Arizona: https://atridim.wordpress.com/category/arizona/

Weather: https://atridim.wordpress.com/category/weather/

Captain Rick: Historic flooding is occurring along the Bow River and Elbow River, especially where they join near downtown Calgary Alberta. These rivers originate high in the Canadian Rocky Mountains to the west. Heavy rains of over 100 ml (4 inches) of rain in recent days is the cause of this historic flooding event.

State of Emergency declared
1,200 Canadian Force troops called. 600 are already in Calgary. 600 to arrive by mid afternoon.
Prime Minister Stephen Harper will arrive shortly to survey the destruction. 
75,000 have been evacuated in Calgary.
Trans-Canada Highway 1 is closed west of Calgary, isolating the mountain towns of Banff and Canmore, due to water going over the highway and mudslides in multiple locations.
Unconfirmed reports from Canmore indicate that ‘everything’ was destroyed.

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Above: images from Calgary Alberta

Eyewitness report from Sandi of Calgary Alberta

“Fun times happening here. I would be normally at work, but for the first time that I can ever remember, our office down town is shut down due to flooding. State of emergency all over southern Alberta. Many area’s had to evacuate which includes the down town core because of the Bow river being so high that it is almost up to the base of some of the bridges over the river. So access to down town is closed down. Supposed to leave for Fairmont, British Columbia on Sunday for a week, but don’t know if any of the hi ways will be open to be able to get there. Roads washed out all over, mud slides happening, so….who knows. It’s a real mess. So got the day off, but can’t say as it is nice to have the day off under these conditions. I also have so much to do, especially if we do manage to go next week. Oh well, such is life. At least my house is high and away from the river, so good there. Some homes in surrounding towns and different parts of Calgary are flooded right out and a lot of people evacuated. Another Emergency Alert just came over the TV. I remember watching all the flooding in different parts of the world over the last months and thinking how lucky we were that it didn’t really happen too bad here….so much for that thought. Now a sour gas pipeline broke by a smaller town outside Calgary, so that is another problem. Fun times!!”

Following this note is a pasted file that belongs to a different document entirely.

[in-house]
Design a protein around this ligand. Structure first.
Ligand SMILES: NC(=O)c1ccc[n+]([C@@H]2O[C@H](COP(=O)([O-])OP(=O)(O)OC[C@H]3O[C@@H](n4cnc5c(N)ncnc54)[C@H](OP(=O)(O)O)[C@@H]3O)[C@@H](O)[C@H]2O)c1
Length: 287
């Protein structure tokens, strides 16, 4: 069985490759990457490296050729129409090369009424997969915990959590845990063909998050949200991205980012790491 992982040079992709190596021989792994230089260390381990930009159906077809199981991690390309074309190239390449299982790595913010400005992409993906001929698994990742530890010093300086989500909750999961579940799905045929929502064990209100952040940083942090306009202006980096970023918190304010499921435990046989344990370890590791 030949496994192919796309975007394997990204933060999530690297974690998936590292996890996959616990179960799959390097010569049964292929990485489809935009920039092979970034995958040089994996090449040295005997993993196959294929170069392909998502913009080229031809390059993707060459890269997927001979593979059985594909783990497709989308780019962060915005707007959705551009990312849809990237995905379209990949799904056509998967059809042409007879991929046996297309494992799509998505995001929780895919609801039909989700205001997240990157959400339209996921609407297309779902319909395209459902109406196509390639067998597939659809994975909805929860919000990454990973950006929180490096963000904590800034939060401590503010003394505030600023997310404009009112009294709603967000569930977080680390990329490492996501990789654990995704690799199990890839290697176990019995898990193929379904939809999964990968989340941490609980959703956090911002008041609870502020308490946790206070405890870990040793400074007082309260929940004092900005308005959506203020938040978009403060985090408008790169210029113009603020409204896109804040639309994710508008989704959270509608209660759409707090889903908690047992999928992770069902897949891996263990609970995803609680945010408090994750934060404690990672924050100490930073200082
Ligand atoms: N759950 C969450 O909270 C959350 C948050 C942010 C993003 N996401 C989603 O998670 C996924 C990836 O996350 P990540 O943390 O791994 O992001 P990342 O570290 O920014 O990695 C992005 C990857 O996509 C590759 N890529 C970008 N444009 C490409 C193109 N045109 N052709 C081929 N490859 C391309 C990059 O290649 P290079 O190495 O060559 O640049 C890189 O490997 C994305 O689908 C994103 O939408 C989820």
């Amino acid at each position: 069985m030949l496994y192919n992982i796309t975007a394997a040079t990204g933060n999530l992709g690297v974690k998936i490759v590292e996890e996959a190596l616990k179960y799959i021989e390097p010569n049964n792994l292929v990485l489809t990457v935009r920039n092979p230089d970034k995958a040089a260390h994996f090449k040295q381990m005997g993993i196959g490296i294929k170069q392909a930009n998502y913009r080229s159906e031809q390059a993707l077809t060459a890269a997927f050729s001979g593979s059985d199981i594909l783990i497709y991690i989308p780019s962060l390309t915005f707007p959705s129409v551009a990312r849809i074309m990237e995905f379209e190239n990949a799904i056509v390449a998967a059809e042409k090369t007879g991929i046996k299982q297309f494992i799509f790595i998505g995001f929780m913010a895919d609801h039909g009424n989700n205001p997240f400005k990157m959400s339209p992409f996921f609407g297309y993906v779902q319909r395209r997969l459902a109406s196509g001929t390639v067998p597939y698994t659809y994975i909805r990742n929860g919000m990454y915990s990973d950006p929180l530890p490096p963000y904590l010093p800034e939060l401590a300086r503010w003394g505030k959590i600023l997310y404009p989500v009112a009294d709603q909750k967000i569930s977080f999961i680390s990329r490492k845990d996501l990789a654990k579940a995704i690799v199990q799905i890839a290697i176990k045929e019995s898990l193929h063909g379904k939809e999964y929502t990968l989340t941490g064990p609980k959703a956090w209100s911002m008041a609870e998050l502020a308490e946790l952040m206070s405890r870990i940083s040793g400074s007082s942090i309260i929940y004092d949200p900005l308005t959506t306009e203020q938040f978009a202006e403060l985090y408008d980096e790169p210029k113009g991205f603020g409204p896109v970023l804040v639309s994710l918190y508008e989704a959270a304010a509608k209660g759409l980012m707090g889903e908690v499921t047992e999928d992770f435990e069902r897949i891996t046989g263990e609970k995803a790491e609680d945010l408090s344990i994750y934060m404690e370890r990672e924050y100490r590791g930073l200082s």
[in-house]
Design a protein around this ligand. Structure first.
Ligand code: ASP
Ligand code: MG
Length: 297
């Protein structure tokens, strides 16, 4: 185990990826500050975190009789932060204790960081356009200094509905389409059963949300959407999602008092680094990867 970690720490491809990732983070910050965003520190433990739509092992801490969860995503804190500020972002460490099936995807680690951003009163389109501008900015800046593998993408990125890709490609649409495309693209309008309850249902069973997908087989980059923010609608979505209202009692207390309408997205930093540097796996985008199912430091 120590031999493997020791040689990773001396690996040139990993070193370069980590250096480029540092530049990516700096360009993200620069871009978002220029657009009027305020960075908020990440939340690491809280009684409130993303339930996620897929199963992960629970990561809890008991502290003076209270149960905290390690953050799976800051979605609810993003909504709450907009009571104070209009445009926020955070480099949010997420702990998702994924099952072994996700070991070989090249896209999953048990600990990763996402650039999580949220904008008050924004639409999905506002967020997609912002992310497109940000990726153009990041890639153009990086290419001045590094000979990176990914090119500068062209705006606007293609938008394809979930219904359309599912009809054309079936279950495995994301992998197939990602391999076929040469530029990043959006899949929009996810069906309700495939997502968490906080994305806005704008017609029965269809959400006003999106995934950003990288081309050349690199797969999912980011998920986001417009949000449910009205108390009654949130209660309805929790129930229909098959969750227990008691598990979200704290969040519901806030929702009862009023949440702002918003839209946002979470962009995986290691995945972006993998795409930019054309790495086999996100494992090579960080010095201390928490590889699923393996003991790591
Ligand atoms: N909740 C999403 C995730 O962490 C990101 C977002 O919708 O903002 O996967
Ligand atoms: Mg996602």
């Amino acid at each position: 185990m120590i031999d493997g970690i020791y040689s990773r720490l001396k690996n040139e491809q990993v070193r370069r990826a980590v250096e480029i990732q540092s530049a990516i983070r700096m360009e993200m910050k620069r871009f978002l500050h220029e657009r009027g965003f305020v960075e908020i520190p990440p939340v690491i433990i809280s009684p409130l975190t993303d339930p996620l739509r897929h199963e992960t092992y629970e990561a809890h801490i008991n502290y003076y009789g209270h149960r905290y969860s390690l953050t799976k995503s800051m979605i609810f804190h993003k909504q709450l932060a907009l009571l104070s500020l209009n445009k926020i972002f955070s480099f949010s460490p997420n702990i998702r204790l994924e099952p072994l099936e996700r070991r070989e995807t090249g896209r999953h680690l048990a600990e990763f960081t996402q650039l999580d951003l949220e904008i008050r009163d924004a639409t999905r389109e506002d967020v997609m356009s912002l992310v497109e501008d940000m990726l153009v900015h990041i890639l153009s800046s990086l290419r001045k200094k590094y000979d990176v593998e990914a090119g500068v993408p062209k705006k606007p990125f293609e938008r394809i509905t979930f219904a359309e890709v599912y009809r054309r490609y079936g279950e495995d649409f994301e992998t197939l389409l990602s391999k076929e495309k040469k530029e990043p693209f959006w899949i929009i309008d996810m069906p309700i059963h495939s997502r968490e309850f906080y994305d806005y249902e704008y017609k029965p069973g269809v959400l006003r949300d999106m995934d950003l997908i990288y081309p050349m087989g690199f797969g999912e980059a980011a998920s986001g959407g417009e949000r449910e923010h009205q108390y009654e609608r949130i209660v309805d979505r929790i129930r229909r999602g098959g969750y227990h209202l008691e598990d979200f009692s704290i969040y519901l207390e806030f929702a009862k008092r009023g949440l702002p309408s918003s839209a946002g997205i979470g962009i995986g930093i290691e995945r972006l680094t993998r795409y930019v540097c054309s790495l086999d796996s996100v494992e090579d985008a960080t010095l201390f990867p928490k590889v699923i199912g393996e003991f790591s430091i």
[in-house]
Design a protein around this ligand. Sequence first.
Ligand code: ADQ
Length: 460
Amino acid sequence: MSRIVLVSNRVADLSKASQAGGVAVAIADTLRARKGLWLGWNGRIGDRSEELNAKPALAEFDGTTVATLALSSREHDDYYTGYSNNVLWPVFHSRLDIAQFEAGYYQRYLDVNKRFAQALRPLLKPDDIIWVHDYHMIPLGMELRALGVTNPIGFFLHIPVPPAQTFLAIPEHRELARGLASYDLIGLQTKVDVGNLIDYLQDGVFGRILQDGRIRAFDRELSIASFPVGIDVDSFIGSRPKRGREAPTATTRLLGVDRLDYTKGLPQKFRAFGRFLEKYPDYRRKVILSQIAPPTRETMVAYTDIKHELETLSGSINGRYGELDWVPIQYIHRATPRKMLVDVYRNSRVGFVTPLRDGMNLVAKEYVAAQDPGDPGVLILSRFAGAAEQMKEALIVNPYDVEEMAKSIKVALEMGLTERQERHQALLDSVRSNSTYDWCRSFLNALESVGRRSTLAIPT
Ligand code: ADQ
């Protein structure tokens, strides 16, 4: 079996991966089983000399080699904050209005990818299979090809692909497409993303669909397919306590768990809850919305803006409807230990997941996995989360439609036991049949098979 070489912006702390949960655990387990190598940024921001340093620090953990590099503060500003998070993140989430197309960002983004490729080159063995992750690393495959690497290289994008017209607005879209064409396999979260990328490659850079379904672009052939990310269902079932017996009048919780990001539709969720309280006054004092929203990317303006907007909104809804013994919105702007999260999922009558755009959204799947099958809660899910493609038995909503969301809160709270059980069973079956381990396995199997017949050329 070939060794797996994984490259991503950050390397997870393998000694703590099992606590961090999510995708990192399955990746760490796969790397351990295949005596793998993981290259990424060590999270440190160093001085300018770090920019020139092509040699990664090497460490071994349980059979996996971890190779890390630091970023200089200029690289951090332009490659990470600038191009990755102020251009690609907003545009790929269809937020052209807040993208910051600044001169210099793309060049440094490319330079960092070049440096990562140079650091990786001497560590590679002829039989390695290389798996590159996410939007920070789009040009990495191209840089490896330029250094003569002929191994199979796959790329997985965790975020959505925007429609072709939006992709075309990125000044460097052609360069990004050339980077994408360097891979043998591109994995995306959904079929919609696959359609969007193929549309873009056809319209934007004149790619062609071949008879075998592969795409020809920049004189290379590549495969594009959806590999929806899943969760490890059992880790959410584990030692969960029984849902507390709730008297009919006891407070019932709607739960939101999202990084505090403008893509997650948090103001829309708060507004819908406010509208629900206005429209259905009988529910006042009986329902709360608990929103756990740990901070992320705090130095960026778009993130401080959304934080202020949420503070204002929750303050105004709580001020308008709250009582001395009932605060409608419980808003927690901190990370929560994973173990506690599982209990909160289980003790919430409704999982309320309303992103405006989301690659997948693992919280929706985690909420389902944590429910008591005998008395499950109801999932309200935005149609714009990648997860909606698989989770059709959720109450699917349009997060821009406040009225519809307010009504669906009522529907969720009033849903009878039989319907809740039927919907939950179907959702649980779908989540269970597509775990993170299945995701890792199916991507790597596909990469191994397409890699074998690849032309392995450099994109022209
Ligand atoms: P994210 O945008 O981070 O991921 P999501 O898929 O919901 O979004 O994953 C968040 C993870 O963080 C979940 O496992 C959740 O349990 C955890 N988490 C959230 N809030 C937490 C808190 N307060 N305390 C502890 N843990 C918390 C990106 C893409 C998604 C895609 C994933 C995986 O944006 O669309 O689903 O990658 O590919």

Citizens of Alberta: I welcome you to share your experiences in the comment section below

View other reports on my HOME page: https://atridim.wordpress.com/

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Captain Rick: The record freeze that has gripped Arizona’s Valley of the Sun for the past 5 days is giving way to warmer temps.  It was the longest cold blast to hit the greater Phoenix area since 1978.

Having lived in the Valley since 1996, I can say with out a doubt, it was the longest, coldest streak I have witnessed here. The digital weather station at my Gilbert Oasis measured early morning lows of 27.9, 26.1, 26.2, 27.9, 30.2 (F) during the past 5 days. I have only witnessed one day colder…25.2 registered on January 15, 2007, part of a 2-day cold snap. This 5-day frigid blast far surpassed it. This was the first year my fountain froze solid. My pool water dropped to a record low of 39F, smashing the old record of 43F. I ran the pool pump all night for 5 days straight to keep the above ground plumbing from freezing, beating the old record of 2 days. I also insulated my water supply line. Unlike houses in cold climates, water supply lines in the Valley enter the house above ground, subjecting it to the rare event of freezing.

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A desert freeze can be beautiful, but also very destructive to its plants. During my daily walk today, I was amazed at the extensive damage to the tender desert plants and trees. The fichus trees, lantana, bougainvillea, honeysuckle, bird of paradise, aloe, hibiscus and several other tender plants were severely damaged. It is the worst plant destruction I have witnessed here. I suspect I will have to prune many of my plants back to nearly nothing. I will probably loose some. Even the hardy oleanders got frost bitten badly, killing all of the flowers and buds that were in bloom. I suspect that the normal explosion of floral color and beauty in the Valley will be a bit delayed and diminished this spring.

On the bright side…temps closer to normal begin returning to the Valley of the Sun tomorrow.